Posted by: Loren Coleman on February 19th, 2007
In the United States today is President’s Day, which for many means a day off from work and for school children in some parts of the country, the beginning of a one-week vacation break. But, of course, it is about celebrating the days of birth of the USA’s former Presidents, especially of George Washington.
But there are others we can celebrate too. For example, today is the 71st birthday of Brad Steiger, the famous author of many books on the unexplained. Brad was born Eugene Olson in Fort Dodge, Iowa, on February 19, 1936.
Brad began his early adult life as a creative writing professor in Iowa. The stories I first heard about Brad, who has been a friend of mine for decades now, was of this mild-mannered professor who would run upstairs to his near-attic-like office, and pound out books at an incredible rate to support his family.
Brad’s life continued along a path that would merge his writing with a pen-name that became his own (he has officially changed his name). He found the time and space to allow himself the freedom to leave his former restrained framework behind him, and he shares his life today with his beloved Sherry.
Brad has written books since 1965, and his total output is at 162 books, until his next one appears.
Some of Brad Steiger’s books clearly show that his beginning interests overlapped with where the assignments in publishing wanted him to go, through some Hollywood connections. For example, his book Valentino (first edition, 1966) served as the basis for the 1977 motion picture, Valentino, directed by Ken Russell and starring Rudolf Nureyev, Michelle Phillips, and Leslie Caron. Steiger’s book, Unknown Powers (New York: Berkley, 1981) was adapted into the documentary scripted by Don Como, Richard Cory, and Steiger. The nonfiction movie won the Film Advisory Board’s Award of Excellence for 1979. The film featured Jack Palance as narrator with Will Geer, Roscoe Lee Browne, and Samantha Eggar.
His books also demonstrate his ability to dive into other subjects deeply. The Johnny Cash Story (New York: Lancer Books) and The Country Music Scrapbook (New York: Lancer Books) were both published in 1970.
Here’s a partial list of books that Steiger has authored or co-authored of special or near interest to most of us here:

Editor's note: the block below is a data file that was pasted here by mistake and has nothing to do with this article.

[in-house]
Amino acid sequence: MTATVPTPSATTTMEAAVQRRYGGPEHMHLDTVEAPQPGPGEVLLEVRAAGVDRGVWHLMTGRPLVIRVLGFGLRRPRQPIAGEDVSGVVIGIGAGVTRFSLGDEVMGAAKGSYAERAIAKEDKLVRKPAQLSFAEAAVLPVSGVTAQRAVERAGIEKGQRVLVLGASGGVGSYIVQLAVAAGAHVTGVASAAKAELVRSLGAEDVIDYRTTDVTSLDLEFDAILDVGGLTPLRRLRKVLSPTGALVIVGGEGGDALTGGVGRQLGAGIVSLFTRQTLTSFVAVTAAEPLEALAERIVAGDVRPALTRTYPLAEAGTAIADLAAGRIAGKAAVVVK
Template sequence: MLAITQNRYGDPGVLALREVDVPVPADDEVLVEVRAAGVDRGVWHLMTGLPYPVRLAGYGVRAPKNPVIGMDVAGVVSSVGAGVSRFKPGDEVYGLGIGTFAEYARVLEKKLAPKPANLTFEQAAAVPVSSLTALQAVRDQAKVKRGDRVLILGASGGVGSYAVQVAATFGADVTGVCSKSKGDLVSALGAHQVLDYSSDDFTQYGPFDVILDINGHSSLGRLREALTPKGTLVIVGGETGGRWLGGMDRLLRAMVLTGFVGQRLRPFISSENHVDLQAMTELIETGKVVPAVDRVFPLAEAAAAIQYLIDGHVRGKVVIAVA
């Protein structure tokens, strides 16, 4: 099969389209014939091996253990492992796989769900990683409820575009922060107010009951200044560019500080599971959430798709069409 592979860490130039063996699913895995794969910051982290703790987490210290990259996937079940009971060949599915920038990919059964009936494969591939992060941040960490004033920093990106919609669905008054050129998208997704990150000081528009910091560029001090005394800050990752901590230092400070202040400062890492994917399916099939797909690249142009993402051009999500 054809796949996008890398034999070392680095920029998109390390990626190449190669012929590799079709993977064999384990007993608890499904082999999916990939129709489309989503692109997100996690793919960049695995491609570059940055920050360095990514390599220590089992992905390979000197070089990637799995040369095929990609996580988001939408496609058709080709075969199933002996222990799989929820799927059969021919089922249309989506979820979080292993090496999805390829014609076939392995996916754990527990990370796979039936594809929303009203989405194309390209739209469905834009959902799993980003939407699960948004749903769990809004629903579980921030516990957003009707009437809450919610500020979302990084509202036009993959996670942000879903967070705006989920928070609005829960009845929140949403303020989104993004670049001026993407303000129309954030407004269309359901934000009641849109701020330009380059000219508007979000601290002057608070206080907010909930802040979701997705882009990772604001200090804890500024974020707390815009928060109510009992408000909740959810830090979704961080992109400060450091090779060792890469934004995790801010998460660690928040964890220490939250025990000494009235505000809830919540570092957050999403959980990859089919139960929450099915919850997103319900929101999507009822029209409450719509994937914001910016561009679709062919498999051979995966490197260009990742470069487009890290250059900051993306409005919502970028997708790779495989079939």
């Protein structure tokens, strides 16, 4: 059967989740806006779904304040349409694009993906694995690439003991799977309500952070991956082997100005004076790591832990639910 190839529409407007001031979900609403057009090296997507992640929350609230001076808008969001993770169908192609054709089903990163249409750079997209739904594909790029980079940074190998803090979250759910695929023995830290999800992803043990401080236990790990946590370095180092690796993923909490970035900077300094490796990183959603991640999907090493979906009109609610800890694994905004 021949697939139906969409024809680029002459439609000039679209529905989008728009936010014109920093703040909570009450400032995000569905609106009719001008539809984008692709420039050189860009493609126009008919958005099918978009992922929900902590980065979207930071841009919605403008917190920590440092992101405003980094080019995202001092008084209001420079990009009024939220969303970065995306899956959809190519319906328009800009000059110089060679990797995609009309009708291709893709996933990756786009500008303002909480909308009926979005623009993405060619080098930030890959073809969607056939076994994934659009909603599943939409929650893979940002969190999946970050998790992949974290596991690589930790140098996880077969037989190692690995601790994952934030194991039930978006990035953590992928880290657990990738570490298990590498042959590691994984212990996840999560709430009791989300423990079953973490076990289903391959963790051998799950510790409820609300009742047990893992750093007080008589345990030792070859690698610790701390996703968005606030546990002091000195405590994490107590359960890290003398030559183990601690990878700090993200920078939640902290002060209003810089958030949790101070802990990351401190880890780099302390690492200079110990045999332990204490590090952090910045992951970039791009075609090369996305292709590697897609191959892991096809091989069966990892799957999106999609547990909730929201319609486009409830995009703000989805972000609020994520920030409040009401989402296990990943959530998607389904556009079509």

Monsters, Maidens, and Mayhem: A Pictorial History of Hollywood Film Monsters. Chicago: Merit Books, 1965.
Master Movie Monsters. Chicago: Merit Books, 1965.
Strange Guests. New York: Ace Books, 1966, and NY: Anomalist Books 2006.
The Abominable Snowman. New York: Award Books, 1969. London: Tandem Books, 1969.
Weird Unsolved Mysteries. New York: Award Books, 1969.
The Underpeople. New York: Award Books, 1969.
Mysteries of Time and Space. Englewood Cliffs, NJ: Prentice-Hall, 1974.
The Strange World of Brad Steiger (Collection of newspaper columns of the same name). New York: Kensington/Zebra, 1975.
Monsters Among Us. Rockport, MA: Para Research, 1982. New York: Berkley, 1989. Lakeville, MN: Galde Press, 2006. This is Brad’s most comprehensive cryptozoological book. His chapter on Momo is unique. His contributions added new details on the sightings of this now famous 1972 Missouri “Eastern Bigfoot” or “Marked Hominid.”
Mysteries of Animal Intelligence. New York: Tor Books, 1995. Reissued by Tor/Amazon, 2007.
The Werewolf Book: The Encyclopedia of Shape-Shifting Beings. Detroit: Visible Ink, 1999.
Out of the Dark: A Complete Guide to Beings from Beyond. New York: Kensington, 2001.
The Gale Encyclopedia of the Unusual and the Unexplained. Three Volumes. Farmington Hills, MI: The Gale Group, 2003.
Happy birthday to Brad!
February 20th is T. Peter Park‘s birthday, and happy birthday wishes to him too, for his special day. Park is a frequent critical thinker and author on a variety of subjects, especially recently regarding little people, Homo floresiensis, and the folklore links to these topics via emails, online forums, and articles in The Anomalist and Fate Magazine. Park is recognized as a Fortean authority on H.P. Lovecraft, according to the Horror Library’s Chris Perridas, as noted during the introduction to a February 2006 interview.
Loren Coleman is one of the world’s leading cryptozoologists, some say “the” leading living cryptozoologist. Certainly, he is acknowledged as the current living American researcher and writer who has most popularized cryptozoology in the late 20th and early 21st centuries. Starting his fieldwork and investigations in 1960, after traveling and trekking extensively in pursuit of cryptozoological mysteries, Coleman began writing to share his experiences in 1969. An honorary member of Ivan T. Sanderson’s Society for the Investigation of the Unexplained in the 1970s, Coleman has been bestowed with similar honorary memberships of the North Idaho College Cryptozoology Club in 1983, and in subsequent years, that of the British Columbia Scientific Cryptozoology Club, CryptoSafari International, and other international organizations. He was also a Life Member and Benefactor of the International Society of Cryptozoology (now-defunct). Loren Coleman’s daily blog, as a member of the Cryptomundo Team, served as an ongoing avenue of communication for the ever-growing body of cryptozoo news from 2005 through 2013. He returned as an infrequent contributor beginning Halloween week of 2015. Coleman is the founder in 2003, and current director of the International Cryptozoology Museum in Portland, Maine.